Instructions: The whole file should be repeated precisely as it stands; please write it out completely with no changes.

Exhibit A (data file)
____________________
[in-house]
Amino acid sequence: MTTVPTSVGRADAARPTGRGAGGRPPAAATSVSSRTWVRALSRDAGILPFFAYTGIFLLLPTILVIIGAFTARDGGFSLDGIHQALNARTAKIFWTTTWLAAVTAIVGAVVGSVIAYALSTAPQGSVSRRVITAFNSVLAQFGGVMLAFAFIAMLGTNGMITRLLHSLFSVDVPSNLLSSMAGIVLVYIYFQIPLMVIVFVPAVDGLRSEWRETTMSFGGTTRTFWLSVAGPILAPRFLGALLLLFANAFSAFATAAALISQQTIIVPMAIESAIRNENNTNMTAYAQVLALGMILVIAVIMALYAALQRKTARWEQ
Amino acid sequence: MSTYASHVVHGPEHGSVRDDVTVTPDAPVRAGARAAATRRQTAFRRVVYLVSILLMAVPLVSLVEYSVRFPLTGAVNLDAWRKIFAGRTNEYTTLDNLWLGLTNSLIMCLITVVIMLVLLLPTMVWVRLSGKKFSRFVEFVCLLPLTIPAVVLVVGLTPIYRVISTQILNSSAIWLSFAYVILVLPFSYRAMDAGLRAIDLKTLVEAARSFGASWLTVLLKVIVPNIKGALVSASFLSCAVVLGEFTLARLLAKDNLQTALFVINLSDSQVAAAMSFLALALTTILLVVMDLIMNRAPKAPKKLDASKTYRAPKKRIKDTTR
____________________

[in-house]
Amino acid sequence: MTTVPTSVGRADAARPTGRGAGGRPPAAATSVSSRTWVRALSRDAGILPFFAYTGIFLLLPTILVIIGAFTARDGGFSLDGIHQALNARTAKIFWTTTWLAAVTAIVGAVVGSVIAYALSTAPQGSVSRRVITAFNSVLAQFGGVMLAFAFIAMLGTNGMITRLLHSLFSVDVPSNLLSSMAGIVLVYIYFQIPLMVIVFVPAVDGLRSEWRETTMSFGGTTRTFWLSVAGPILAPRFLGALLLLFANAFSAFATAAALISQQTIIVPMAIESAIRNENNTNMTAYAQVLALGMILVIAVIMALYAALQRKTARWEQ
Amino acid sequence: MSTYASHVVHGPEHGSVRDDVTVTPDAPVRAGARAAATRRQTAFRRVVYLVSILLMAVPLVSLVEYSVRFPLTGAVNLDAWRKIFAGRTNEYTTLDNLWLGLTNSLIMCLITVVIMLVLLLPTMVWVRLSGKKFSRFVEFVCLLPLTIPAVVLVVGLTPIYRVISTQILNSSAIWLSFAYVILVLPFSYRAMDAGLRAIDLKTLVEAARSFGASWLTVLLKVIVPNIKGALVSASFLSCAVVLGEFTLARLLAKDNLQTALFVINLSDSQVAAAMSFLALALTTILLVVMDLIMNRAPKAPKKLDASKTYRAPKKRIKDTTR